Movie Money Lessons to Make You Rich

Who knew making money could be this relaxing? Just sit back on your sofa, open the popcorn and let the credits roll. Here are 5 movie money lessons to help grow your wealth.

Table of Contents

  • Be ready to adapt if circumstances change

  • Think out of the box

  • Trust your instincts

  • Don't let the pursuit of wealth consume you

Movie Money Lesson 1 - 'There Will Be Blood'

This movie tells the tale of silver miner turned oil baron Daniel Plainview played by Daniel Day Lewis. It is a tragic story in the mould of Citizen Kane with Plainview becoming wealthy beyond anyone's dreams but also alone, estranged from his own son and friends.

Yes, he isn't a good person. He murders a man for pretending to be his brother and he abandons his disabled child. No hunting for wealth is worth that but there are movie money lessons we can learn from him.

On his journey to wealth Plainview overcomes a trip through rocky outcrops with a broken leg to earn his first fortune from a silver find, a gas explosion rupturing his son's ear drums and having to go through a belittling baptism in order to gain access to a prized piece of land to build an oil pipe to the sea.

It is a tale of perseverance, having a clear strategy and outwitting your rivals such as the $1million deal for his oil wells he turns down because he knows they are worth multiples of that.

Perhaps the most famous scene is when he confronts radical preacher Eli Sunday who, now destitute after the Wall Street crash, tries to sell a piece of land near Plainview's oil fields that he does not own. Plainview tells a distraught Sunday that the land has already been drained of oil by his pipeline.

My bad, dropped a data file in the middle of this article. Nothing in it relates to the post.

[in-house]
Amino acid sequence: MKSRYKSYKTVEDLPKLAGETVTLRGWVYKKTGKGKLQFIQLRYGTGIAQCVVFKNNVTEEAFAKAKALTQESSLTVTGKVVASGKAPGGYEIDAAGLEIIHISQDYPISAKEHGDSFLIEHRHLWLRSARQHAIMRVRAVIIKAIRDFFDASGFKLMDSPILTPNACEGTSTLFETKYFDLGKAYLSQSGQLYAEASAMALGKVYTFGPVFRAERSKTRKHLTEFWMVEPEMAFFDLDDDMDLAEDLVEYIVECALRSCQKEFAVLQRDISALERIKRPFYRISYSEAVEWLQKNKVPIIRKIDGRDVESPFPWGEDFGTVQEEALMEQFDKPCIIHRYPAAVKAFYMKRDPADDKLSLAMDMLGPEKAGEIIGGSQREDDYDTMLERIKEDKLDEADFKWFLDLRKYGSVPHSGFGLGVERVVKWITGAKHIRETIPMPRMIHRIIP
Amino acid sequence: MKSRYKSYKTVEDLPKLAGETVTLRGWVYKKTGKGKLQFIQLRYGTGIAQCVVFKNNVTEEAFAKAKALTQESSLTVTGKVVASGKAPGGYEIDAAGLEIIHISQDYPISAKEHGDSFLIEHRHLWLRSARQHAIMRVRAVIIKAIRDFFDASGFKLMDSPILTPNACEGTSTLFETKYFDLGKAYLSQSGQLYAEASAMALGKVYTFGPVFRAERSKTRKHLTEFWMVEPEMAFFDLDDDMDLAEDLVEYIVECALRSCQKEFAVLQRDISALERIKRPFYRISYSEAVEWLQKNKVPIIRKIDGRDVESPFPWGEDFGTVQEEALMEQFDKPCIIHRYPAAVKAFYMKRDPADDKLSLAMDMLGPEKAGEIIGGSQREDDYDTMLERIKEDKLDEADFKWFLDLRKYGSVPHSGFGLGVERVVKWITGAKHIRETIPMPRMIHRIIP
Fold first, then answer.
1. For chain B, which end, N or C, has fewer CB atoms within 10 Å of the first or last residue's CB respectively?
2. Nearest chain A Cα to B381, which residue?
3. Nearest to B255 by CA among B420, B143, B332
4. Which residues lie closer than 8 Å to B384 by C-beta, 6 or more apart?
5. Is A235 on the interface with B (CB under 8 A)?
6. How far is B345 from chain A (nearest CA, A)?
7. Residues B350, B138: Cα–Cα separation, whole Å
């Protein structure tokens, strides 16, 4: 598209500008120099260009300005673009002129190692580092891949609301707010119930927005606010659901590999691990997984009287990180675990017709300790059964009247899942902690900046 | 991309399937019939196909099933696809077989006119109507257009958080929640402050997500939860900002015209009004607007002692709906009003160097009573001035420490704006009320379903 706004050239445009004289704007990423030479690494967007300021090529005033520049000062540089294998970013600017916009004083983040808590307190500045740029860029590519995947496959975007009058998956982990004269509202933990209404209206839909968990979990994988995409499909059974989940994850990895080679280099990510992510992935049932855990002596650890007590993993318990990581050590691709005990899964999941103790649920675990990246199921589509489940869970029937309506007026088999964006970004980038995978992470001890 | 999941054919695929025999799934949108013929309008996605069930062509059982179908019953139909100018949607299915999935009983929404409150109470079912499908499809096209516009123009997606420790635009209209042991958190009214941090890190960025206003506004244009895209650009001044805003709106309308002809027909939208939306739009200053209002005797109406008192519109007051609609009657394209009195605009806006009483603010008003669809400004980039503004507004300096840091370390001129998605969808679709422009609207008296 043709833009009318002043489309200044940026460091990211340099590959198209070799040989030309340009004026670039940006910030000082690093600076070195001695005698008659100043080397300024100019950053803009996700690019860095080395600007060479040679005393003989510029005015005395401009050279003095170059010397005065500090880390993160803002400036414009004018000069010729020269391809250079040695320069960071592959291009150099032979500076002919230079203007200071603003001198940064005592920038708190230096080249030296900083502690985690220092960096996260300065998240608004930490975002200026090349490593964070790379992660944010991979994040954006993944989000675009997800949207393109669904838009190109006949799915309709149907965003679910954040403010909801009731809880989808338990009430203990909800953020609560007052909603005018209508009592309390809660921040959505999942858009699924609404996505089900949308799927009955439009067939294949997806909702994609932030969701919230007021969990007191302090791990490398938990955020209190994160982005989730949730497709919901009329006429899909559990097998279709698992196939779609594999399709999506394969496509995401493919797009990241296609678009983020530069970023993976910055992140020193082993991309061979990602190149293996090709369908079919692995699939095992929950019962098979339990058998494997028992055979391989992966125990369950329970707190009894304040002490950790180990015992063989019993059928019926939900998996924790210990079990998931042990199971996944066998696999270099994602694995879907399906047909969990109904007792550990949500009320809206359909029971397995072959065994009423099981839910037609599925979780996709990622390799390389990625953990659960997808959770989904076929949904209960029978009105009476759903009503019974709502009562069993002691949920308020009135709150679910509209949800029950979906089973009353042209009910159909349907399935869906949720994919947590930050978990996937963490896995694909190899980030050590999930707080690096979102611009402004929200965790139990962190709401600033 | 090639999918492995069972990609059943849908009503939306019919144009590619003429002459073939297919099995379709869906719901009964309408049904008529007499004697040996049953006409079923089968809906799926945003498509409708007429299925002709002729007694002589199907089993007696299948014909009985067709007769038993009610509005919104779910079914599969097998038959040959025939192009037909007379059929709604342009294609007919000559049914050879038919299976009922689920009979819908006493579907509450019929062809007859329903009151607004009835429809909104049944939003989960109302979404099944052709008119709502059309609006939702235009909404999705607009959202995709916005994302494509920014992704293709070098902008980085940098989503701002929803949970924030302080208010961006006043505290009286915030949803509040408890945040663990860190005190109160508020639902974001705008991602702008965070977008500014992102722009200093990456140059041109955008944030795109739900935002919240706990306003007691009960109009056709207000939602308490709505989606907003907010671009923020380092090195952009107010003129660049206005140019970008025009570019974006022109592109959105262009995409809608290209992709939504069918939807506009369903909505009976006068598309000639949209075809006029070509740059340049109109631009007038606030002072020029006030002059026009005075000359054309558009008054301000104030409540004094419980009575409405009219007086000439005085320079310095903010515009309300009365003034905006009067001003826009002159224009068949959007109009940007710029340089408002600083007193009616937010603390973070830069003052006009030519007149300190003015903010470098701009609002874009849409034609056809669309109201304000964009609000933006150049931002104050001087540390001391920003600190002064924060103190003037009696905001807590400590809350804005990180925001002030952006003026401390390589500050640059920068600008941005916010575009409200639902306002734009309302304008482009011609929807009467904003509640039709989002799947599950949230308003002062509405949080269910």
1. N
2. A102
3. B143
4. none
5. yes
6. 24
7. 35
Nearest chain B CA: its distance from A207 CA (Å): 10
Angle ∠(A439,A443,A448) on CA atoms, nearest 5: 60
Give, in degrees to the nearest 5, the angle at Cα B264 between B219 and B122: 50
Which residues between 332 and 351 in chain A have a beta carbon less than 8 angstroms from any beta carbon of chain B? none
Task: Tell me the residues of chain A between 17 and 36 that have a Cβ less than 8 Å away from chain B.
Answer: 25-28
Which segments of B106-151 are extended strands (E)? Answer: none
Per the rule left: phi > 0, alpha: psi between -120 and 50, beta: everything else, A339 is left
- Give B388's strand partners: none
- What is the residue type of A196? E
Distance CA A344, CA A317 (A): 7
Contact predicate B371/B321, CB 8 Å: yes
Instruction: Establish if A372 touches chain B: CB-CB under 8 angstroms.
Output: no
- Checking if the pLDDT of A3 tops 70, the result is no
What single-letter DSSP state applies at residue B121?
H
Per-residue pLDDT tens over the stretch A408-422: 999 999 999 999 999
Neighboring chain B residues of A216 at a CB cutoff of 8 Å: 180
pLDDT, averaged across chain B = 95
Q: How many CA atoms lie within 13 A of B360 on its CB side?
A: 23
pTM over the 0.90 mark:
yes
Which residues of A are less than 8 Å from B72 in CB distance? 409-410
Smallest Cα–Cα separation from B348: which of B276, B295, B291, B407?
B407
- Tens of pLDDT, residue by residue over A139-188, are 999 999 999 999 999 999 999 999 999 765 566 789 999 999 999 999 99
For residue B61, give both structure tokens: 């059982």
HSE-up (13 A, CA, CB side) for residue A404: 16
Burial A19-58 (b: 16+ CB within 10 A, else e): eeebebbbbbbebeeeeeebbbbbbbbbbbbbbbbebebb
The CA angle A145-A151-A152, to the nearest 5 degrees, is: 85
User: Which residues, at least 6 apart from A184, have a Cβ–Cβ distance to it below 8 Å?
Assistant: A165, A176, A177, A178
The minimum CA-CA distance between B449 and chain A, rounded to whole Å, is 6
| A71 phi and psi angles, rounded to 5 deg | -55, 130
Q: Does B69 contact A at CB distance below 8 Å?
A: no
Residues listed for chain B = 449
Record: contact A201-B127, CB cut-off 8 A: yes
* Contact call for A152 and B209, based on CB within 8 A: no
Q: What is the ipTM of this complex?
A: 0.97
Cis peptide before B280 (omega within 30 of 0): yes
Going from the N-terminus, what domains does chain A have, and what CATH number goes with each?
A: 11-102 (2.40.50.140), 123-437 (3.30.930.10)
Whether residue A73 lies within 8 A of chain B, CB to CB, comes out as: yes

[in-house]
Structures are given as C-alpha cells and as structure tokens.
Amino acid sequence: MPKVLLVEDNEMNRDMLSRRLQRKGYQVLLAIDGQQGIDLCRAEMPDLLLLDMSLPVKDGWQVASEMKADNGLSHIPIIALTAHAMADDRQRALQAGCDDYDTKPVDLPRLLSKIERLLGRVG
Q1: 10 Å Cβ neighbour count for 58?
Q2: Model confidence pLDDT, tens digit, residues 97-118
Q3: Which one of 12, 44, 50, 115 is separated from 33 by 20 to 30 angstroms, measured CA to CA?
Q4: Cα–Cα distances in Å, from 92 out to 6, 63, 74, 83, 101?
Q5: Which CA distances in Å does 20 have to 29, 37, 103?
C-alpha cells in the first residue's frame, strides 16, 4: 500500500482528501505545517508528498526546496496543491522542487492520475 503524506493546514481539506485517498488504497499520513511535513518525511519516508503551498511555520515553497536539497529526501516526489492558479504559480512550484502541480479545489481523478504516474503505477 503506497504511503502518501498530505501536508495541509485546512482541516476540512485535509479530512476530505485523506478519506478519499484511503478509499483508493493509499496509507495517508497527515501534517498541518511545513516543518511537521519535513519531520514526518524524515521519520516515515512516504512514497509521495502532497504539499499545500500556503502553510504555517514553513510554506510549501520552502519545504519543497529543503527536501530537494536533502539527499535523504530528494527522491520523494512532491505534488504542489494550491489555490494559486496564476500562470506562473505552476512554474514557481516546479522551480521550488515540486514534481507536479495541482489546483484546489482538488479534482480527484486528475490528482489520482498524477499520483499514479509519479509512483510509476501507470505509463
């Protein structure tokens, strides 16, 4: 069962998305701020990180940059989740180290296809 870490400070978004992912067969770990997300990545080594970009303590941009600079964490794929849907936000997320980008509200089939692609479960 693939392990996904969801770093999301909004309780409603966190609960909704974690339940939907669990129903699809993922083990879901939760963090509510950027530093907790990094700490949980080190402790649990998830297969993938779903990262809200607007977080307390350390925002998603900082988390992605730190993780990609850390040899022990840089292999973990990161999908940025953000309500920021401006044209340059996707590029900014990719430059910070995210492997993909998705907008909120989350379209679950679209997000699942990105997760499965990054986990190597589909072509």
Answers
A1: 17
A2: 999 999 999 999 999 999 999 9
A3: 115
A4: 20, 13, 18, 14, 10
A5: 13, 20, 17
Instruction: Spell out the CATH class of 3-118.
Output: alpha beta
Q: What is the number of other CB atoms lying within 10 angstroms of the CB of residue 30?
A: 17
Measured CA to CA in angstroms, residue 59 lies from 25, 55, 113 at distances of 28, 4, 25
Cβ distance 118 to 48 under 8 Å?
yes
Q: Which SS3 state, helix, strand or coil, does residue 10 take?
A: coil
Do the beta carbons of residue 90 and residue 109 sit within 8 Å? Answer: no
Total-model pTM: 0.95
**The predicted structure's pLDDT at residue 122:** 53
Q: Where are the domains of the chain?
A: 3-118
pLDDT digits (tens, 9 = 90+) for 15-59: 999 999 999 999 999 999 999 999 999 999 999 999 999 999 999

"If you have a milkshake and I have a milkshake and I have a straw. My straw reaches across the room and starts to drink your milkshake. I drink your milkshake. I drink it up."

Possession is key is the message. The more you own the more you can sit back and watch the money come in.

Movie Money Lesson 2 -  'The Wolf of Wall Street'

Perhaps not a movie to watch with your Mum or if you are male - your girlfriend. It tells the true story of Jordan Belfort - 'The Wolf of Wall Street '- and his journey from callow to multi-millionaire stockbroker with his own yacht, helicopter and huge mansion. He's very funny, as are his colleagues, but again not exactly a moralistic person holding dwarf throwing parties, doing copious amounts of drugs and being convicted of money laundering.

But there are positive movie money lessons. One is a speech made by Belfort's first boss Marc Hanna trying to explain the stock market to him. "The Number one rule on Wall Street is that nobody knows if a stock is going to go up, down, sideways or in circles, least of all stockbrokers. It is all a fugazi. It is fairy dust, it does not exist," he says.

Hanna goes on to explain that the market only becomes real if a client banks in their profits. That's not going to happen, he adds. "You find another idea, another stock for them to put their earnings into. They are rich on paper, but the brokers get the cold, hard cash via commission."